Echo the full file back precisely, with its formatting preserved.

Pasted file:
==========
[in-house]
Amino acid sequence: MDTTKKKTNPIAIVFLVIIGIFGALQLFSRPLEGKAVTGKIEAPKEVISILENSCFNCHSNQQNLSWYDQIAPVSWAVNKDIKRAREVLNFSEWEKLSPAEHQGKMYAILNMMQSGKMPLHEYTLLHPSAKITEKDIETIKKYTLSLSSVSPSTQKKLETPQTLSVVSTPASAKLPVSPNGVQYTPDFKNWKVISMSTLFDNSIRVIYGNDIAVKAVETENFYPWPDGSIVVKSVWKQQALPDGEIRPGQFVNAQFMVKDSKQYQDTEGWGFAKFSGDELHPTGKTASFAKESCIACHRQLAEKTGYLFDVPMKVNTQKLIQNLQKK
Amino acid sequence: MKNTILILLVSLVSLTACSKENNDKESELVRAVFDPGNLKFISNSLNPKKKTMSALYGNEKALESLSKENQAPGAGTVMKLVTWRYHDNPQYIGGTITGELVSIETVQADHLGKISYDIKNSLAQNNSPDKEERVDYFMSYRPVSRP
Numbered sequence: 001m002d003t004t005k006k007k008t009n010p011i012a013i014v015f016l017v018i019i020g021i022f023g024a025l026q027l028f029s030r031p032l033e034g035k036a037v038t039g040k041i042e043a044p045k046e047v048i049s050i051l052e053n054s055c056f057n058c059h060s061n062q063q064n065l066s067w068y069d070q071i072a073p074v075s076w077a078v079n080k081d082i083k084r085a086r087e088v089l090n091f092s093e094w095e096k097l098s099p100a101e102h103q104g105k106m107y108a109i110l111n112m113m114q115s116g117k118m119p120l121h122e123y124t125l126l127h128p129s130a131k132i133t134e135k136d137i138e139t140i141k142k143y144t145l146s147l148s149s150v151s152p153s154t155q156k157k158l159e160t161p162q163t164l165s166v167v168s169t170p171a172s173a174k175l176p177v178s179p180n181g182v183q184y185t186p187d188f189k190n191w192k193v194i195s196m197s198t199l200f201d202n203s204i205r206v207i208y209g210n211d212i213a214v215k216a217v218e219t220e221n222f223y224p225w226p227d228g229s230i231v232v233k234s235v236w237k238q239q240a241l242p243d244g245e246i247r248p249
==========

[in-house]
Amino acid sequence: MDTTKKKTNPIAIVFLVIIGIFGALQLFSRPLEGKAVTGKIEAPKEVISILENSCFNCHSNQQNLSWYDQIAPVSWAVNKDIKRAREVLNFSEWEKLSPAEHQGKMYAILNMMQSGKMPLHEYTLLHPSAKITEKDIETIKKYTLSLSSVSPSTQKKLETPQTLSVVSTPASAKLPVSPNGVQYTPDFKNWKVISMSTLFDNSIRVIYGNDIAVKAVETENFYPWPDGSIVVKSVWKQQALPDGEIRPGQFVNAQFMVKDSKQYQDTEGWGFAKFSGDELHPTGKTASFAKESCIACHRQLAEKTGYLFDVPMKVNTQKLIQNLQKK
Amino acid sequence: MKNTILILLVSLVSLTACSKENNDKESELVRAVFDPGNLKFISNSLNPKKKTMSALYGNEKALESLSKENQAPGAGTVMKLVTWRYHDNPQYIGGTITGELVSIETVQADHLGKISYDIKNSLAQNNSPDKEERVDYFMSYRPVSRP
Numbered sequence: 001m002d003t004t005k006k007k008t009n010p011i012a013i014v015f016l017v018i019i020g021i022f023g024a025l026q027l028f029s030r031p032l033e034g035k036a037v038t039g040k041i042e043a044p045k046e047v048i049s050i051l052e053n054s055c056f057n058c059h060s061n062q063q064n065l066s067w068y069d070q071i072a073p074v075s076w077a078v079n080k081d082i083k084r085a086r087e088v089l090n091f092s093e094w095e096k097l098s099p100a101e102h103q104g105k106m107y108a109i110l111n112m113m114q115s116g117k118m119p120l121h122e123y124t125l126l127h128p129s130a131k132i133t134e135k136d137i138e139t140i141k142k143y144t145l146s147l148s149s150v151s152p153s154t155q156k157k158l159e160t161p162q163t164l165s166v167v168s169t170p171a172s173a174k175l176p177v178s179p180n181g182v183q184y185t186p187d188f189k190n191w192k193v194i195s196m197s198t199l200f201d202n203s204i205r206v207i208y209g210n211d212i213a214v215k216a217v218e219t220e221n222f223y224p225w226p227d228g229s230i231v232v233k234s235v236w237k238q239q240a241l242p243d244g245e246i247r248p249